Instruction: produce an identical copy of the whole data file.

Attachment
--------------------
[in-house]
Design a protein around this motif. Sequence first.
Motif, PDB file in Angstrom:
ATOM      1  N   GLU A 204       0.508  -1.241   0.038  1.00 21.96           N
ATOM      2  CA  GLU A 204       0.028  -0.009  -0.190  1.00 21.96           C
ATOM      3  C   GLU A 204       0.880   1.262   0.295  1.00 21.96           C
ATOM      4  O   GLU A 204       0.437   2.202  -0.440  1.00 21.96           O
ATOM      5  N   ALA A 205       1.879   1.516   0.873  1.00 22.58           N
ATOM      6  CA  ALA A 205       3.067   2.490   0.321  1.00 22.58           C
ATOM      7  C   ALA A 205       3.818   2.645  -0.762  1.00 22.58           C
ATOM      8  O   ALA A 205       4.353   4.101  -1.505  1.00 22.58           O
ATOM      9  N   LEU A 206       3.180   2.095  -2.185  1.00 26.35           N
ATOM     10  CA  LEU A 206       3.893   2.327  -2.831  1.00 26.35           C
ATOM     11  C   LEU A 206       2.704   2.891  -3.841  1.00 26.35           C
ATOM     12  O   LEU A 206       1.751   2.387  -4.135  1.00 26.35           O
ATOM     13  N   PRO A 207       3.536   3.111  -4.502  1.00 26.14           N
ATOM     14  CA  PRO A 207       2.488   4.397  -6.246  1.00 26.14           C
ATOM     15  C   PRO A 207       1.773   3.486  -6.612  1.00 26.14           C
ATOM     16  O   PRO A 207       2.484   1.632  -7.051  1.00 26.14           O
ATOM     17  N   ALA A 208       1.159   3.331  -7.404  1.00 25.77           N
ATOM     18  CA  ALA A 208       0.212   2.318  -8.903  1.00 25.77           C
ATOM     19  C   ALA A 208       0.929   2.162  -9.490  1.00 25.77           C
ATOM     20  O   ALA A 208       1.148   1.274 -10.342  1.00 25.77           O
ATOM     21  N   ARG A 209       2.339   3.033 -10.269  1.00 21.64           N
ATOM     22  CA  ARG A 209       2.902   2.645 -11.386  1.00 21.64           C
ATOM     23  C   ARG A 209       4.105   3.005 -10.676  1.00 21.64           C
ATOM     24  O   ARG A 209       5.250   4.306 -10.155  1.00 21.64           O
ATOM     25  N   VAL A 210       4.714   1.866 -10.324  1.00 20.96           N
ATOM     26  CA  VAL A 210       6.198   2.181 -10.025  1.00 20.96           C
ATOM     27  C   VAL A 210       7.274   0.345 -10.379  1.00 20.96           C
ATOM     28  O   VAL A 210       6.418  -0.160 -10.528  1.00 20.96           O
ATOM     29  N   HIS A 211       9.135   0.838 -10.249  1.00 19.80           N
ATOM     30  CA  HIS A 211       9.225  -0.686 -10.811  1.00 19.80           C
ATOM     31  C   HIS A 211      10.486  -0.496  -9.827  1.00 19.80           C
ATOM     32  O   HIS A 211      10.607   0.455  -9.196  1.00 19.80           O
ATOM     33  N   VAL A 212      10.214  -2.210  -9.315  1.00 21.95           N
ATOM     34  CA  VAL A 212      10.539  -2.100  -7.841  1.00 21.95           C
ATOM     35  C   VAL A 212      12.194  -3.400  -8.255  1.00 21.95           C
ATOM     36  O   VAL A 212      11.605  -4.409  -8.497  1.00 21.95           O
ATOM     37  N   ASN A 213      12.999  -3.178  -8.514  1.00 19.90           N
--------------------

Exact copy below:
[in-house]
Design a protein around this motif. Sequence first.
Motif, PDB file in Angstrom:
ATOM      1  N   GLU A 204       0.508  -1.241   0.038  1.00 21.96           N
ATOM      2  CA  GLU A 204       0.028  -0.009  -0.190  1.00 21.96           C
ATOM      3  C   GLU A 204       0.880   1.262   0.295  1.00 21.96           C
ATOM      4  O   GLU A 204       0.437   2.202  -0.440  1.00 21.96           O
ATOM      5  N   ALA A 205       1.879   1.516   0.873  1.00 22.58           N
ATOM      6  CA  ALA A 205       3.067   2.490   0.321  1.00 22.58           C
ATOM      7  C   ALA A 205       3.818   2.645  -0.762  1.00 22.58           C
ATOM      8  O   ALA A 205       4.353   4.101  -1.505  1.00 22.58           O
ATOM      9  N   LEU A 206       3.180   2.095  -2.185  1.00 26.35           N
ATOM     10  CA  LEU A 206       3.893   2.327  -2.831  1.00 26.35           C
ATOM     11  C   LEU A 206       2.704   2.891  -3.841  1.00 26.35           C
ATOM     12  O   LEU A 206       1.751   2.387  -4.135  1.00 26.35           O
ATOM     13  N   PRO A 207       3.536   3.111  -4.502  1.00 26.14           N
ATOM     14  CA  PRO A 207       2.488   4.397  -6.246  1.00 26.14           C
ATOM     15  C   PRO A 207       1.773   3.486  -6.612  1.00 26.14           C
ATOM     16  O   PRO A 207       2.484   1.632  -7.051  1.00 26.14           O
ATOM     17  N   ALA A 208       1.159   3.331  -7.404  1.00 25.77           N
ATOM     18  CA  ALA A 208       0.212   2.318  -8.903  1.00 25.77           C
ATOM     19  C   ALA A 208       0.929   2.162  -9.490  1.00 25.77           C
ATOM     20  O   ALA A 208       1.148   1.274 -10.342  1.00 25.77           O
ATOM     21  N   ARG A 209       2.339   3.033 -10.269  1.00 21.64           N
ATOM     22  CA  ARG A 209       2.902   2.645 -11.386  1.00 21.64           C
ATOM     23  C   ARG A 209       4.105   3.005 -10.676  1.00 21.64           C
ATOM     24  O   ARG A 209       5.250   4.306 -10.155  1.00 21.64           O
ATOM     25  N   VAL A 210       4.714   1.866 -10.324  1.00 20.96           N
ATOM     26  CA  VAL A 210       6.198   2.181 -10.025  1.00 20.96           C
ATOM     27  C   VAL A 210       7.274   0.345 -10.379  1.00 20.96           C
ATOM     28  O   VAL A 210       6.418  -0.160 -10.528  1.00 20.96           O
ATOM     29  N   HIS A 211       9.135   0.838 -10.249  1.00 19.80           N
ATOM     30  CA  HIS A 211       9.225  -0.686 -10.811  1.00 19.80           C
ATOM     31  C   HIS A 211      10.486  -0.496  -9.827  1.00 19.80           C
ATOM     32  O   HIS A 211      10.607   0.455  -9.196  1.00 19.80           O
ATOM     33  N   VAL A 212      10.214  -2.210  -9.315  1.00 21.95           N
ATOM     34  CA  VAL A 212      10.539  -2.100  -7.841  1.00 21.95           C
ATOM     35  C   VAL A 212      12.194  -3.400  -8.255  1.00 21.95           C
ATOM     36  O   VAL A 212      11.605  -4.409  -8.497  1.00 21.95           O
ATOM     37  N   ASN A 213      12.999  -3.178  -8.514  1.00 19.90           N